Pou tokomanawa (central support posts) stand in the center of a meeting house. They extend up to the ridge pole which supports the roof. Many Pou tokomanawa have a male or female ancestor carved at the base. The female Pou tokomanawa symbolizes the power to give birth and sustain life. The male figure emphasizes the power of procreation. One hand grips his genitals, while the pendant around his neck links him to his ancestors.
Pataka (storehouse)   Pataka (storehouse)
Te Huringa I, 1839
Ngati Pikiao
Carved by Te Metara and others; Made of totara wood, paua shell

Food and precious objects were stored in the pataka. Carvings that exemplify the link to ancestors were elaborated on the building. In the exhibition, a pataka and wharenui (meeting house) will be built to represent the Maori atmosphere.
Toki poutangata (ceremonial adze)   Toki poutangata (ceremonial adze)
Te Puawaitanga or early Te Huringa I, 1500 - 1900
Iwi (tribe) unknown; Made of wood, pounamu (New Zealand jade), fiber

When a meeting house was to be built, a large tree was felled for the ridge pole. A chief might use a toki poutangata to make the ritual first cut. The chief wielded the toki as a symbol of his authority and tribal leadership.
Toki poutangata are made of the finest materials. They are tribal heirlooms, given personal names, and sometimes credited with spiritual powers.
Matau (fish hook)   Matau (fish hook)
Te Huringa I, 1800 - 1900
Iwi (tribe) unknown; Made of paua shell, wood, fiber

Matau have been expertly fashioned from wood, bone, shell, and New Zealand flax fiber. The care with which they have been made indicates their importance.
Taiaha kura (chief�31 s long fighting staff) called Te Rongotaketake   Taiaha kura (chief's long fighting staff) called Te Rongotaketake
Early Te Huringa I, 1800 - 1900
Ngati Ira Kai Putahi
Made of wood, kaka feathers, dog hair, flax fiber, rushes, paua shell

The red parrot feathers and white dog hair mark this as the weapon of a chief. It has a personal name, Te Rongotaketake.
Weapons of great status were sometimes exchanged to seal peace arrangements. This taiaha was passed between two Maori tribes in about 1819. Around 1847 it was again gifted as a symbol of peace, this time to a senior officer in the New Zealand colonial police force.
Mere pounamu   Mere pounamu (New Zealand jade weapon) called Tawhito Whenua
Te Puawaitanga, 1500 - 1800
Muaupoko, Ngati Ira, Ngati Toa, Ngati Kahungunu
Made of pounamu (New Zealand jade)

This old and famous mere pounamu has the personal name Tawhito Whenua and in the early 1800s was owned by Te Kekerengu, a rangatira (chief) of the Ngati Ira tribe.
During inter-tribal fighting, Ngati Toa chief Te Rangihaeata captured Te Kekerengu and his mother. As they were about to be executed, this chiefly woman sang a song of farewell to her ancestral lands. Her song was so moving that Te Rangihaeata spared both her son's life and hers.In gratitude, Te Kekerengu presented Te Rangihaeata with this mere.
Kahu kuri (dog skin cloak)   Kahu kuri (dog skin cloak)
Te Huringa I, 1800 - 1900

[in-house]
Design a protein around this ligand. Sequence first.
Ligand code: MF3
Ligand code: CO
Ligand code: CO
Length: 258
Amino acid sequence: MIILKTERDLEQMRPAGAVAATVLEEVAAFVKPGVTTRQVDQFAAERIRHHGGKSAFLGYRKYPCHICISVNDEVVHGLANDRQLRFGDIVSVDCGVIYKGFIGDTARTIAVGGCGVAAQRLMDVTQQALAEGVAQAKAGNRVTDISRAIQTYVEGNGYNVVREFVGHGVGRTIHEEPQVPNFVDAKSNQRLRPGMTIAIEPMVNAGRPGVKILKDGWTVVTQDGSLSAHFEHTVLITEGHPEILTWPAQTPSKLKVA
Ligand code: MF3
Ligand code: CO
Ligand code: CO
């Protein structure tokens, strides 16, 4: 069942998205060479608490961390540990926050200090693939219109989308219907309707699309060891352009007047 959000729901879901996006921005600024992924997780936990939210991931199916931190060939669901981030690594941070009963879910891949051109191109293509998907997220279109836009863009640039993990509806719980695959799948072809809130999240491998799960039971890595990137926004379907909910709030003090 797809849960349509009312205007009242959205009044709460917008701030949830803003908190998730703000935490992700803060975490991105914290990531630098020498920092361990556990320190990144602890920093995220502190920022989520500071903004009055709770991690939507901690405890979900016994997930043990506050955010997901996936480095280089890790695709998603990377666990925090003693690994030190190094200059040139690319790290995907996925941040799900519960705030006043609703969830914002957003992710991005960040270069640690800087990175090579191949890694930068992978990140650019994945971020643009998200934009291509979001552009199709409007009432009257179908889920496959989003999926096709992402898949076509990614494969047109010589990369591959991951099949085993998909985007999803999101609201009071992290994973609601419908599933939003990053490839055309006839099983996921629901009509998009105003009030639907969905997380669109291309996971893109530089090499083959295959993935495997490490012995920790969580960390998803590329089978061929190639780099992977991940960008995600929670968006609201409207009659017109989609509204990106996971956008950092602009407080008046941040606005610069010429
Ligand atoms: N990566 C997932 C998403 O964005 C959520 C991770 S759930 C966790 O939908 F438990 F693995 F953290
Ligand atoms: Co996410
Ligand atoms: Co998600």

Te Ati Awa (attributed); Made of flax fiber, dog skin strips

This magnificent cloak is made from strips of skin taken from the kuri (Pacific dog). The strips were arranged by hair color, then sewn with painstaking precision to a foundation of tightly woven New Zealand flax fiber. Each Kahu kuri had its own personal name and carefully preserved history. On ceremonial occasions these cloaks were often exchanged between people of rank, in recognition of the high status of both giver and receiver.
Kahu huruhuru (feather cloak)   Kahu huruhuru (feather cloak)
Te Huringa I, 1800 - 1900
Tuhoe; Made of flax fiber, kereru, tui, and kaka feathers
Deposited 1899, as part of the Elsdon Best Collection

The vivid pattern of this kahu huruhuru comes from feathers of native New Zealand birds. The green and white feathers are from the kekeru (wood pigeon), while the red and orange feathers are from the kaka, a forest parrot.
Hei Tiki (neck pendant in human form)   Hei tiki (neck pendant in human form)
Te Puawaitanga, 1500 - 1800
Iwi (tribe) unknown; Made of pounamu (New Zealand jade), paua shell, pigment

The most distinctive type of Maori neck pendants take the form of a highly stylized human figure called the tiki. Hei tiki are among the most valued of all Maori ornaments. Those who wear a hei tiki carry with them the stories of ancestors who made the tiki and who wore it before them. They are finely carved in pounamu (New Zealand jade), a hard, durable, and beautiful stone.
Heru (ornamental comb)   Heru (ornamental comb)
Te Puawaitanga, 1500 - 1800
Iwi (tribe) unknown
Made of whale bone, paua shell

Long hair was high fashion for chiefly Maori men at that time. The hair was oiled, braided, coiled on the head in a topknot, and embellished with bird feathers and heru. Heru were an indication of status and authority. Like any personal objects associated with the sacred head area, they were carefully kept away from any casual handling.
Touch this stone
This stone is the spiritual anchor of the exhibition, connecting it with its home in Aotearoa New Zealand. It is called a 'mauri stone' and is made of pounamu. Pounamu is the rare New Zealand jade prized by Maori for its strength, durability, and beauty, as well as for its ancestral links.
Mauri is the life force that exists in all animate and inanimate objects and that connects all things.
At the exhibition, You are welcome to touch the stone-to join your mauri with the mauri of this stone. However, we ask you not to touch other treasures in the exhibition.